A leading Serb politician in northern Kosovo was shot and killed Tuesday morning, raising ethnic tensions in the region and halting EU-mediated talks between Kosovo and Serbia on the day they were due to resume.
Assailants opened fire on Oliver Ivanovic close to the offices of his political party in the Serb-controlled northern city of Mitrovica. He was taken to a hospital but doctors were unable to save him.
The doctors said that Ivanovic received at least five gunshot wounds to his upper torso. The assailants escaped in a car that was later found burned out. Kosovo police sealed off the area of the shooting and were looking for the attackers.
The Serb delegation at EU talks due to start in Brussels Tuesday immediately left to return to Belgrade.
The Serbian government official in charge of Kosovo and the country's delegation leader, Marko Djuric, described the murder as a "a criminal, terrorist act against the entire Serbian people."
Djuric said that "whoever is behind this attack ... whether they are Serb, Albanian or any other criminals, they must be punished."
Ivanovic, 64, was one of the key politicians in Serb-dominated northern Kosovo, a former Serbian province where tensions remain high a decade after it declared independence. Serbia does not recognize the independence of its former province and the killing is likely to raise tensions between ethnic Albanians and minority Serbs in the region.
In Belgrade, Serbian President Aleksandar Vucic called a top state security meeting to discuss the shooting, and was later due to address the public.
In Pristina, the Kosovo government strongly denounced the slaying and said it considers it to be a challenge to "the rule of law and efforts to establish the rule of law in the whole of Kosovo territory."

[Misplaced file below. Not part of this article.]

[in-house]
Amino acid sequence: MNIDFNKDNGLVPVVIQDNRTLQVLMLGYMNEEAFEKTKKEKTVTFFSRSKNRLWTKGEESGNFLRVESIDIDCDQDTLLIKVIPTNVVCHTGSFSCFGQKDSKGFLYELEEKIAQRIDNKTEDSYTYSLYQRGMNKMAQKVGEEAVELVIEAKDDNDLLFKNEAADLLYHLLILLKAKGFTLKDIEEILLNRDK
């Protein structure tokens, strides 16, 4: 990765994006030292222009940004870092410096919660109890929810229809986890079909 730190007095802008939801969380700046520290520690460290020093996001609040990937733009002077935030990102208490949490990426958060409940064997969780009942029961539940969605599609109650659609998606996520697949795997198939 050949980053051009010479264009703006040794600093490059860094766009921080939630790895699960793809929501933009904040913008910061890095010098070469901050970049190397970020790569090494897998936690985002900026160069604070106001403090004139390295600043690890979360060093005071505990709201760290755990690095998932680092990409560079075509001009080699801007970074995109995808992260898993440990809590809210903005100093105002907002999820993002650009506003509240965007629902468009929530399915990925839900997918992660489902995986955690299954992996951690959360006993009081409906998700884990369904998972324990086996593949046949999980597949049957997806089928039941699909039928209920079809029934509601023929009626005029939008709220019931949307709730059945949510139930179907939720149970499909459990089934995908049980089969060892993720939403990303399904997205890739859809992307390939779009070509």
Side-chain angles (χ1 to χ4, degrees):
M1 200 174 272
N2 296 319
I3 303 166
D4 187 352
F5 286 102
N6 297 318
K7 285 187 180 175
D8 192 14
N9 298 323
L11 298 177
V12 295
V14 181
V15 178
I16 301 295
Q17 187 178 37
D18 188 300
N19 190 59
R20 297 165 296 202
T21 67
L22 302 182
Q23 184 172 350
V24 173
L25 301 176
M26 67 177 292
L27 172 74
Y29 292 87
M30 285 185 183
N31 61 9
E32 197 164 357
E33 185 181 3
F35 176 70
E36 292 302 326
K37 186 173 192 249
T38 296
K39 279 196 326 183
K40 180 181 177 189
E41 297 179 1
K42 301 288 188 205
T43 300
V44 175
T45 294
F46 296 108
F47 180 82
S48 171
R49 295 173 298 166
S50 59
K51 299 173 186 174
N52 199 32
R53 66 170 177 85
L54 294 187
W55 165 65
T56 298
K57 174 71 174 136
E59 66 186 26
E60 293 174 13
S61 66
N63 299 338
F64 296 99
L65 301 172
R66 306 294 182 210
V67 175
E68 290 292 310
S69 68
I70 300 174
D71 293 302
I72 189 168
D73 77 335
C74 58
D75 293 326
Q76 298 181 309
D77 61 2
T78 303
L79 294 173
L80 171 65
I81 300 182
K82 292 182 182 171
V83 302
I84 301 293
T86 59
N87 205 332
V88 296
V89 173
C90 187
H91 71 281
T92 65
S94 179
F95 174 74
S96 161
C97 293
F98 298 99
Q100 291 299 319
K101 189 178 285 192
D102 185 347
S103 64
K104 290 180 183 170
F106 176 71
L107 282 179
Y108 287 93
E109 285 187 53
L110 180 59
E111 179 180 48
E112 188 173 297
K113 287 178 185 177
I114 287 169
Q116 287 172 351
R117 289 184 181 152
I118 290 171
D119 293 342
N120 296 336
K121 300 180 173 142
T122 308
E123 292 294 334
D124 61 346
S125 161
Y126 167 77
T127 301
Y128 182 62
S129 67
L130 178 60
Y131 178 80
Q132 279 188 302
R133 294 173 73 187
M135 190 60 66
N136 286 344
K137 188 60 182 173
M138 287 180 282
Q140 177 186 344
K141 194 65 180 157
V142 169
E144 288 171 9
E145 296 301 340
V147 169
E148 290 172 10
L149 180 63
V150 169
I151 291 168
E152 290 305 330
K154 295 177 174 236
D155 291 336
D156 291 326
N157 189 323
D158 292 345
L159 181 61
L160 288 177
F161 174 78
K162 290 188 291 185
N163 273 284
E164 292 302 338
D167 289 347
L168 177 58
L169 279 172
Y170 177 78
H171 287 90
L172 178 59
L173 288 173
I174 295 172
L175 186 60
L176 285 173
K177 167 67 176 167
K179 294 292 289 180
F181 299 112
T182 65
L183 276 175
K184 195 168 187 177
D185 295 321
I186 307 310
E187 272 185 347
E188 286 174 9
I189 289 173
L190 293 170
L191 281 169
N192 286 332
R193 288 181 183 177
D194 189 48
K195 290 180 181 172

Kosovo President Hashim Thaci has strongly denounced the killing of a Serb political leader in the northern city of Mitrovica.
In a reaction on his Facebook page Thaci called on law enforcement authorities "to throw light as soon as possible on the circumstances of the death so that the perpetrators are brought to justice."
He also urged citizens in the north to cooperate with police.
Kosovo Prime Minister Ramush Haradinaj also denounced the murder, saying he considers the slaying of Serb minority political leader Oliver Ivanovic as "a punishable criminal act."
Reacting on his Facebook page to Ivanovic's death, Haradinaj said that "exploiting this tragic act for daily political goals, even to block processes aiming at normalizing ties between two countries, is against the logic and spirit of cooperation."
"Kosovo remains committed to create a safe environment for all its citizens and is powerfully set in its Euro-Atlantic path," Haradinaj said.
He also insisted that Kosovo authorities will do their utmost to clarify the killing adding that they will "in no situation accept the logic of calculating criminal acts for political purposes by anyone."
A Kosovo court convicted Ivanovic of war crimes during the 1998-99 war. That verdict was overturned and a retrial was underway.
Ivanovic was considered a moderate opposition Serb politician. In July, his car was set on fire in Mitrovica, the Serb stronghold in northern Kosovo.
Some 40,000-50,000 ethnic Serbs live in northern Kosovo, rejecting integration with the mainly Albanian state since it declared independence from Serbia in 2008.
Relations between Serbia and Kosovo have been tense since 2008, but in 2013 both parties agreed to participate in the EU-sponsored negotiations on normalizing relations, a condition for both to progress on their way towards membership in the bloc.